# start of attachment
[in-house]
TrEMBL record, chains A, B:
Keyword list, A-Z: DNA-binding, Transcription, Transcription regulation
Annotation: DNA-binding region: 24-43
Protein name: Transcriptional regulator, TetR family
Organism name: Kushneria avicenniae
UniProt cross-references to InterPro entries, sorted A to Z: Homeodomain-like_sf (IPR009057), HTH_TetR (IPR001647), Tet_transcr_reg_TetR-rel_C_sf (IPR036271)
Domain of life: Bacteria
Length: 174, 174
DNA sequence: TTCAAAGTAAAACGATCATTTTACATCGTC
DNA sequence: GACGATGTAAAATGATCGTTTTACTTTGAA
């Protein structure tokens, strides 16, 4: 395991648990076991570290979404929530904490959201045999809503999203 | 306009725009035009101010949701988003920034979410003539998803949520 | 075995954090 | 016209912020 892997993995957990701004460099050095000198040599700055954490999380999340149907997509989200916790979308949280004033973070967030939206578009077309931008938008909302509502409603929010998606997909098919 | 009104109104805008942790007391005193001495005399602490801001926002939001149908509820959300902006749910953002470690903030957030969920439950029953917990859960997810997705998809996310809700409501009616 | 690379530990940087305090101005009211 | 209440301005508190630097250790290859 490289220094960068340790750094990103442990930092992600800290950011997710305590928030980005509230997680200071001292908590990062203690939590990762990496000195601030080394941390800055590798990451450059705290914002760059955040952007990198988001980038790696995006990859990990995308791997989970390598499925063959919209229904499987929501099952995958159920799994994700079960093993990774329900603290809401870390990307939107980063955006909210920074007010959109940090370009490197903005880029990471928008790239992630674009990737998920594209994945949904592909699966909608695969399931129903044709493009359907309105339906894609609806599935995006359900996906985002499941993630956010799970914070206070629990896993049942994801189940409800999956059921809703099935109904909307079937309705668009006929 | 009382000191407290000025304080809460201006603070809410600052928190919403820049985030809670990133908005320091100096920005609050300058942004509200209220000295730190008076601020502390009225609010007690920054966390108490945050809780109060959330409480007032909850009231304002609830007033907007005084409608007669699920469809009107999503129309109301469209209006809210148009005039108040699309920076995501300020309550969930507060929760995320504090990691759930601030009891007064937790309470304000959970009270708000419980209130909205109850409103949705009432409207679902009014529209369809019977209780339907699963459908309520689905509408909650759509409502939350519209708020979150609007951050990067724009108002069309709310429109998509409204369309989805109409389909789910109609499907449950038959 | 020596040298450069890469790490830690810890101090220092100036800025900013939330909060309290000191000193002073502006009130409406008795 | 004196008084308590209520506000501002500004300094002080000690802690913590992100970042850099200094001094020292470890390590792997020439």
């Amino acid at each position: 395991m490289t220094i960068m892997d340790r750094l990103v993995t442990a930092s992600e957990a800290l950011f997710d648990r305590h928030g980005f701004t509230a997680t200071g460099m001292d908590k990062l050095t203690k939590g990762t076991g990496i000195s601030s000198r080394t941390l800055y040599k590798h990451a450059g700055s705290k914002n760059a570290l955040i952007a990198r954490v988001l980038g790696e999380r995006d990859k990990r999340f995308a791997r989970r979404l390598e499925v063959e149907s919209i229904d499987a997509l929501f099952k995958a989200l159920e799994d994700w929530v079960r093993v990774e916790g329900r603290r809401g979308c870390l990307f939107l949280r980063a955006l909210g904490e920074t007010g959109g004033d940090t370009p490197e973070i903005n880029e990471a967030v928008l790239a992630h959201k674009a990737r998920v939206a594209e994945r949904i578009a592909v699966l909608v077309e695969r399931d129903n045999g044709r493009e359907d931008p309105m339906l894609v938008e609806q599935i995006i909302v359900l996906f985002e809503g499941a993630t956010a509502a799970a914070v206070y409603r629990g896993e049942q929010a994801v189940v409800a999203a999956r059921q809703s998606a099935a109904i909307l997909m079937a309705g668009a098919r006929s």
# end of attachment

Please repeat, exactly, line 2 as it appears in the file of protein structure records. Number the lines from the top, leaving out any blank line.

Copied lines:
TrEMBL record, chains A, B: